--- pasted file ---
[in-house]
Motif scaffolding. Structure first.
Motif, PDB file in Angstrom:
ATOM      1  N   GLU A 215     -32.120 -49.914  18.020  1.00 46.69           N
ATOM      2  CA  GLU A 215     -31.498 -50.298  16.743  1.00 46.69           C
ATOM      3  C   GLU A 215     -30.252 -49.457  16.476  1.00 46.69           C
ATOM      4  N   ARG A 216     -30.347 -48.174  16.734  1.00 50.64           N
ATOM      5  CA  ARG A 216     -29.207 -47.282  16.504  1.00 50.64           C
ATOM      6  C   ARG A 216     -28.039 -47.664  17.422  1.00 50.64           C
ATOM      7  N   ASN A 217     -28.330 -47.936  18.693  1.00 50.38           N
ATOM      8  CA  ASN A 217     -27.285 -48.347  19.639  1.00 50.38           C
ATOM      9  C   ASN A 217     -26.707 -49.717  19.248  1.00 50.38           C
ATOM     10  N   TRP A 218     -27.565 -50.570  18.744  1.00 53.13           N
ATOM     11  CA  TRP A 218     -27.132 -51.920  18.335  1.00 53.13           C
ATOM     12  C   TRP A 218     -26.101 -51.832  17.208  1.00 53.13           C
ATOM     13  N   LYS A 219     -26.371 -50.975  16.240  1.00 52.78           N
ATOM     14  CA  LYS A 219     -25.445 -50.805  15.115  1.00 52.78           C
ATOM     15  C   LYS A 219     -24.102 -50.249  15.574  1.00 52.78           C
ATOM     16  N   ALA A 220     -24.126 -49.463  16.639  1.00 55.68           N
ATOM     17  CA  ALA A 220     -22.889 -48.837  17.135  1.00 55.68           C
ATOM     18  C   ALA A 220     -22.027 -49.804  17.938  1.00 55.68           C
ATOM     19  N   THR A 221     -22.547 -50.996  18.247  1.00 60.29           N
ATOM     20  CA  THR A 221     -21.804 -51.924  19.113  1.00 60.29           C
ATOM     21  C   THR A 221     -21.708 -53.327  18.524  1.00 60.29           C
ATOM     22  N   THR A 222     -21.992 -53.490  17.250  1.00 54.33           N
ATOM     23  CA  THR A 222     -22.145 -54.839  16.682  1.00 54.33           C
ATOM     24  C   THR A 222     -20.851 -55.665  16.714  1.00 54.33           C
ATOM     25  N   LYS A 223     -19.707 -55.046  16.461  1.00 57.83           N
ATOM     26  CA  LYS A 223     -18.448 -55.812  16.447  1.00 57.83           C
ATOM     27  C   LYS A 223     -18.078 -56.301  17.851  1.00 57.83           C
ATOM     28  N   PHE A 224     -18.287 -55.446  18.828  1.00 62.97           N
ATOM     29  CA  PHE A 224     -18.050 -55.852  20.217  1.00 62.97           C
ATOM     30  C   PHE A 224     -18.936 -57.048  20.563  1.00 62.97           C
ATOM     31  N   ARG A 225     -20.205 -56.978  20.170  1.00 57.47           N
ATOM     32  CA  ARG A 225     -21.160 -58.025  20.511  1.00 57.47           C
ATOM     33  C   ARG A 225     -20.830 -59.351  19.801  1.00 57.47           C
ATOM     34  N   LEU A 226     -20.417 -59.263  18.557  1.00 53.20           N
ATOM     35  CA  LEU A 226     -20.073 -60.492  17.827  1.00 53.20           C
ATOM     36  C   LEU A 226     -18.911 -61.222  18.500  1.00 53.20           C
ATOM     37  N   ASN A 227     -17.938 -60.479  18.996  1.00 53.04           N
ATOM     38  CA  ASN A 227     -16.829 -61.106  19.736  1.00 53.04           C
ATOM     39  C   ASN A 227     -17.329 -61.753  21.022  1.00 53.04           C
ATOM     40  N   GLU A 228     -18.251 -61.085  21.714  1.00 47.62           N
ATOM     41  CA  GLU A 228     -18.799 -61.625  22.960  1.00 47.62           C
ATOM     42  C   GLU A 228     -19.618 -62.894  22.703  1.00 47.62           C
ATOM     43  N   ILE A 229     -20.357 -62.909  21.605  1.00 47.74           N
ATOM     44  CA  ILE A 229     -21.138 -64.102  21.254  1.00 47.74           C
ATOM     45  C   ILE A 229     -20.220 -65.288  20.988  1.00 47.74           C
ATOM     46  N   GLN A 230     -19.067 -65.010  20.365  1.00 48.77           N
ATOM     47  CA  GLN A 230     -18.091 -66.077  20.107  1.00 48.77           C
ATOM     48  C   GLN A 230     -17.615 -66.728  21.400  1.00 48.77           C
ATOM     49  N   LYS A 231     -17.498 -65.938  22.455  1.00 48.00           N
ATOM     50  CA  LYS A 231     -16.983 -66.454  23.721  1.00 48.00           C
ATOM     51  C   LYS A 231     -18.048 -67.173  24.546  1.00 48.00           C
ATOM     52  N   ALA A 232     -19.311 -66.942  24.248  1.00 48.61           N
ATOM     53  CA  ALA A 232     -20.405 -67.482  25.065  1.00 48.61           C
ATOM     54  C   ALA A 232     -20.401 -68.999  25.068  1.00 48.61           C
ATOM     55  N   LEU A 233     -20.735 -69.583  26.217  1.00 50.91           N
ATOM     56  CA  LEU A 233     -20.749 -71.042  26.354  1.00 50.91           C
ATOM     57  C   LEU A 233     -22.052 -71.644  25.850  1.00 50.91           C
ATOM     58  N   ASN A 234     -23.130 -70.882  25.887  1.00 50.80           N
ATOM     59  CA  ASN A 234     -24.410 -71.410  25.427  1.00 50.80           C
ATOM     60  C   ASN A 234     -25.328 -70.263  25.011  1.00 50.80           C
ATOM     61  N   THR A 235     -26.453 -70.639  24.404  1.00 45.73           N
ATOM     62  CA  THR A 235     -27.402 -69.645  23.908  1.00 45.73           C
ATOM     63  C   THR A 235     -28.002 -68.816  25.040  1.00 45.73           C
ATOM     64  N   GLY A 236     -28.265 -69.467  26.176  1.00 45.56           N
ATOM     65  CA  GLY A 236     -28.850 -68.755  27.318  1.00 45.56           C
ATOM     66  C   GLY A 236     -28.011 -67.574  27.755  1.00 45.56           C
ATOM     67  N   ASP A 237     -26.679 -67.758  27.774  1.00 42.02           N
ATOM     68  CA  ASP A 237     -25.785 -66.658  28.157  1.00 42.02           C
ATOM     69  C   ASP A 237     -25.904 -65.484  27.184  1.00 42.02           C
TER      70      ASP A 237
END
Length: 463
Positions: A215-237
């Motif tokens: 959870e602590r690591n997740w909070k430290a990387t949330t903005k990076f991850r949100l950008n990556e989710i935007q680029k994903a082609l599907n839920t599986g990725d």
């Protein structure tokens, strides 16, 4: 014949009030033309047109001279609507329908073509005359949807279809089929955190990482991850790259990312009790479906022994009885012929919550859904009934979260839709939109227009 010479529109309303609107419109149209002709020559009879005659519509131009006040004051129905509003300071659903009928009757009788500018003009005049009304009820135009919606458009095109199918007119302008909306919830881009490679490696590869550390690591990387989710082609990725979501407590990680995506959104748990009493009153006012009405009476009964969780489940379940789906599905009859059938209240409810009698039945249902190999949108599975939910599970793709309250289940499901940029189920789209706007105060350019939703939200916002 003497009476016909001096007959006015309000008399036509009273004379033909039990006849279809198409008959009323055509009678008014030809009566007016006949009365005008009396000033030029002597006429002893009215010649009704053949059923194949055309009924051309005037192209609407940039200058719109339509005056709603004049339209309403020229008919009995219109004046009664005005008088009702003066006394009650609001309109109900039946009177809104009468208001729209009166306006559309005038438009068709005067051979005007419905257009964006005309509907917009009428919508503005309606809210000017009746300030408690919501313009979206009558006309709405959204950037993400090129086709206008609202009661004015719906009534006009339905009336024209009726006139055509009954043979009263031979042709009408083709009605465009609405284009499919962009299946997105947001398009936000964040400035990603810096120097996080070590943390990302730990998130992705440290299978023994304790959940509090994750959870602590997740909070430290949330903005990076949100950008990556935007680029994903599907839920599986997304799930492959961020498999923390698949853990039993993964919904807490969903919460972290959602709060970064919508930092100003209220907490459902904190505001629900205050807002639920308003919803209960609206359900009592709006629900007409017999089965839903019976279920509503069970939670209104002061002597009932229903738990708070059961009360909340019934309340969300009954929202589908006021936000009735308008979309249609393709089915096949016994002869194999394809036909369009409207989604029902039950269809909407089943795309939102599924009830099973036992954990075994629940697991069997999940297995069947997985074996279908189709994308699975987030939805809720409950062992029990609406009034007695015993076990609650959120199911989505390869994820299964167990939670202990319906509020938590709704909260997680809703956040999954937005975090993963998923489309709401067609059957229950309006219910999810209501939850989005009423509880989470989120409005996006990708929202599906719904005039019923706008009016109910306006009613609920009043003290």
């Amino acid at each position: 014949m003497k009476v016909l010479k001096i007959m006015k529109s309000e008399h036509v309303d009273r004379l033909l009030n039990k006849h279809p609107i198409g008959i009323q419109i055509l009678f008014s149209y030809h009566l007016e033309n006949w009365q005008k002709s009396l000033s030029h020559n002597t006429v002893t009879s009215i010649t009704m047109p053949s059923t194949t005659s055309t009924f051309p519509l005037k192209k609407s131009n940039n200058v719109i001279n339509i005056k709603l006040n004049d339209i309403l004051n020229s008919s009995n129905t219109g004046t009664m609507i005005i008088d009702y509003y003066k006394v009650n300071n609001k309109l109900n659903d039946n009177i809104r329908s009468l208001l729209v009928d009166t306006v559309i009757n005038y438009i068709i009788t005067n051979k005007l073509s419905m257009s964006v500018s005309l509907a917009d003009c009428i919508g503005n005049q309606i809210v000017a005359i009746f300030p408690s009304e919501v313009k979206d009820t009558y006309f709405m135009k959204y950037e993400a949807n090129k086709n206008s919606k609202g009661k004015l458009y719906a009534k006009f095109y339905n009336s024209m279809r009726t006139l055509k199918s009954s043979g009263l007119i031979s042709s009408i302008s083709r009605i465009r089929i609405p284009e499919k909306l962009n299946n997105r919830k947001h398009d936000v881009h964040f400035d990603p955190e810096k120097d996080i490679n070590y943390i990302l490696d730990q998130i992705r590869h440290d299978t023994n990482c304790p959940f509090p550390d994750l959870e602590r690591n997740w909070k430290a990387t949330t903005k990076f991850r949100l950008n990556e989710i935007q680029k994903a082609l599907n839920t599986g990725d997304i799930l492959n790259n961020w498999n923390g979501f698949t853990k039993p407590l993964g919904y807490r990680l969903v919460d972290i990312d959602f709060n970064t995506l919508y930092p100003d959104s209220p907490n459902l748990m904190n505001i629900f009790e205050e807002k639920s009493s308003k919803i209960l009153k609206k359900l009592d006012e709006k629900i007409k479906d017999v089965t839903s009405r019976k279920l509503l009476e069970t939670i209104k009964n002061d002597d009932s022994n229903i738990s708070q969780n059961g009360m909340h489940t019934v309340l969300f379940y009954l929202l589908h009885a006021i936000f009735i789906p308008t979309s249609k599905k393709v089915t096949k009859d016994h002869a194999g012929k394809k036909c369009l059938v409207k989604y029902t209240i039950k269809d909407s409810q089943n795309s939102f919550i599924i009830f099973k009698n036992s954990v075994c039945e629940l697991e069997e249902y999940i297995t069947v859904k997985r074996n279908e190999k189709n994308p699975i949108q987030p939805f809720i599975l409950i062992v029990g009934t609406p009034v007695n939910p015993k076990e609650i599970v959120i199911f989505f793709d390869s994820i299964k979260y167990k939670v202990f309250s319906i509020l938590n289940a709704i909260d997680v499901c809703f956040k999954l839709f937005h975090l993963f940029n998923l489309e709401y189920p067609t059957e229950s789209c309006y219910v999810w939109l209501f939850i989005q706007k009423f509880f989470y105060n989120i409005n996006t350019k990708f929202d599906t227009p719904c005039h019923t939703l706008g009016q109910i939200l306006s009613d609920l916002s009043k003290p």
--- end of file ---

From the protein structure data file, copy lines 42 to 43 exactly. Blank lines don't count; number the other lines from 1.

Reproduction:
ATOM     39  C   ASN A 227     -17.329 -61.753  21.022  1.00 53.04           C
ATOM     40  N   GLU A 228     -18.251 -61.085  21.714  1.00 47.62           N